How could you use your obvious gifts to leverage this more in the ‘real world?’ How could you help create a world where everyone had an incentive to create long-term ‘customers’? What system would we need in place to make that happen?

    I’m not saying start a non-profit… and work tirelessly at trying to change the world.

    I am saying… just keep doing what you are doing. You can change the world in a much bigger way… as ‘easily’ and with the same philosophy as you have created the success here at Think Traffic. :)

    And it looks like you are already doing it. :)

    Rock the world!

    1. Great questions Benjamin.

      I was at dinner with some entrepreneur friends last week and the topic of what our respective “missions” in life were. My answer: to change as many individual lives, communities and even societies as I can by empowering people to build successful small businesses. I really believe our world is better off when people work in small teams on things they feel connected to, as opposed to collecting paychecks from giant corporations contributing to things most people could care less about.

  7. Corbett, that is one of the best possible problems you could have in life….

    A. Keep working on your terms making enough to live the way you want


    B. make an even bigger impact

    That being said I completely understand the desire for making a bigger impact.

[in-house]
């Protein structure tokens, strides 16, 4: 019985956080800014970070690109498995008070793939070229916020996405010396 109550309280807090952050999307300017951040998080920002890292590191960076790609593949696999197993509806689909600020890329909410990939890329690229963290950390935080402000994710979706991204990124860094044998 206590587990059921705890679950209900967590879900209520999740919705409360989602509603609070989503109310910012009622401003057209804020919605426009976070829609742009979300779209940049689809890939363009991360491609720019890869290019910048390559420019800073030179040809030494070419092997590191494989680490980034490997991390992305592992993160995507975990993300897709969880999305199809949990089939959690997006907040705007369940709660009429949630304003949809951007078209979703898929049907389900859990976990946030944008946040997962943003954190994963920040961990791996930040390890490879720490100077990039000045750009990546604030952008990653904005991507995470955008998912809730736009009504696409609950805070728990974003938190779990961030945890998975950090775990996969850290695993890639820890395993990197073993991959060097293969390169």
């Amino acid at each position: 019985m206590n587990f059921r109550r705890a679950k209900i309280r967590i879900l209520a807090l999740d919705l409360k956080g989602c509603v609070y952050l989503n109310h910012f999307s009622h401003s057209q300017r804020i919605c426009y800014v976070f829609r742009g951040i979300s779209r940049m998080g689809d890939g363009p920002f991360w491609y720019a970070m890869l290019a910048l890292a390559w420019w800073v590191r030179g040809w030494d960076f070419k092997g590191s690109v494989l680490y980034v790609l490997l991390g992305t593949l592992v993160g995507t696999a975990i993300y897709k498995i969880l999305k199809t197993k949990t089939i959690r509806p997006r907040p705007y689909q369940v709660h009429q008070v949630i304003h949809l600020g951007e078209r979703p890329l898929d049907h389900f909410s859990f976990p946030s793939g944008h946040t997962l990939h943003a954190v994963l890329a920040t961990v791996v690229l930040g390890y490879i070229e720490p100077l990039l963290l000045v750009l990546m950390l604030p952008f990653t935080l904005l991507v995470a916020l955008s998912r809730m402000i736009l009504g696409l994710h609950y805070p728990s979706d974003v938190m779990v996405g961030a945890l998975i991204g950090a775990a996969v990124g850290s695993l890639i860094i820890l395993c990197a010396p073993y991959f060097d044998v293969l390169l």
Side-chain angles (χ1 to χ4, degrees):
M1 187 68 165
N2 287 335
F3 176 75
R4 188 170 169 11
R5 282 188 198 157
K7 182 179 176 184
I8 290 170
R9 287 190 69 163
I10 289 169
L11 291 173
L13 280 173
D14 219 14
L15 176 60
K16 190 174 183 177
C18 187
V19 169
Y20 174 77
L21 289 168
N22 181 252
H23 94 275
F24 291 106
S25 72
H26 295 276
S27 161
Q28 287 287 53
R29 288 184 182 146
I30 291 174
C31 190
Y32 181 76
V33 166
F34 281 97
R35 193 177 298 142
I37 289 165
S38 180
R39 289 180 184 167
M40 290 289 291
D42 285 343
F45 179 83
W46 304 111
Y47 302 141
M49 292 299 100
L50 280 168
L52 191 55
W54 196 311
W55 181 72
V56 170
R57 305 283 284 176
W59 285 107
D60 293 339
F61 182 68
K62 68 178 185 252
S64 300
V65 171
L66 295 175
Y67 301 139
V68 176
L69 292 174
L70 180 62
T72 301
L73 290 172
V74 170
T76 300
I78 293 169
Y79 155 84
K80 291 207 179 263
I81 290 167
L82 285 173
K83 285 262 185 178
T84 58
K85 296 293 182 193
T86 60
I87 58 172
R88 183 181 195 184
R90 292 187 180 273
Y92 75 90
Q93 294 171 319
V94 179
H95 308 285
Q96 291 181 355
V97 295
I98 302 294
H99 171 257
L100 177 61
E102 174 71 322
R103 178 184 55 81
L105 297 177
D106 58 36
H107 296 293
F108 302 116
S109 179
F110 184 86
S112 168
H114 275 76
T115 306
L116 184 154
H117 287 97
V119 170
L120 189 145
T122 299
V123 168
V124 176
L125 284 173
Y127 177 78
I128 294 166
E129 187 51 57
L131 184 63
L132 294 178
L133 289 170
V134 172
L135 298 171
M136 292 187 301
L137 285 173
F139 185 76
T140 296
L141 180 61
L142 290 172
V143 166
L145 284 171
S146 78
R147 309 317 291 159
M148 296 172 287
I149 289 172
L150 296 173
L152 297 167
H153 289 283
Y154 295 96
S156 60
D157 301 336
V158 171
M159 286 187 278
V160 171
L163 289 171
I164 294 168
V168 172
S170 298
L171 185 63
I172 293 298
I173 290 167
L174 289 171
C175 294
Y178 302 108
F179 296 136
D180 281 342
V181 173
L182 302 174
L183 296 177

Although I am not faced with the problem you have (yet) my thinking is you are already making a big impact. If you are not satisfied with the impact that won’t change witha bigger impact.

    However, if you have fun doing more work than go for it… and I will enjoy watching reading about whatever it is you do.

    Thanks for the monthly update, for me mine really help keep me accountable to my goals each month, do you find the same benefit?


    1. Hey Jon, yes, I find these monthly reports help me stay accountable.

      Great points about impact. I certainly appreciate the impact we’re already having; I just want to make sure we feel the same way 5 or 10 years from now.

    2. Corbett,

      thanks a lot for the impact YOU already had on me. I really appreciate what you are doing here !

      “I certainly appreciate the impact we’re already having; I just want to make sure we feel the same way 5 or 10 years from now.”

      Two quotes from Alan Watts (“The wisdom of insecurity”) that came to my mind:
      “How long have the planets been circling the sun ? Are they getting anywhere, and do they go faster and faster in order to arrive ? How often has the spring returned to the earth ? Does it come faster and fancier every year, to be sure to be better than last spring, and to hurry on its way to the spring that shall outspring all springs ?”

      “What we have to discover is that there is no safety, that seeking it is painful, and that when we imagine that we have found it, we don´t like it.”

      Learn More. – 100% approval.
      Do More. – Ok.
      Be More. – I disagree.

      I´d call this one the more-is-better fallacy, because it´s virtually never enough. To me it´s not about being more but being who you really are, that is: authentic.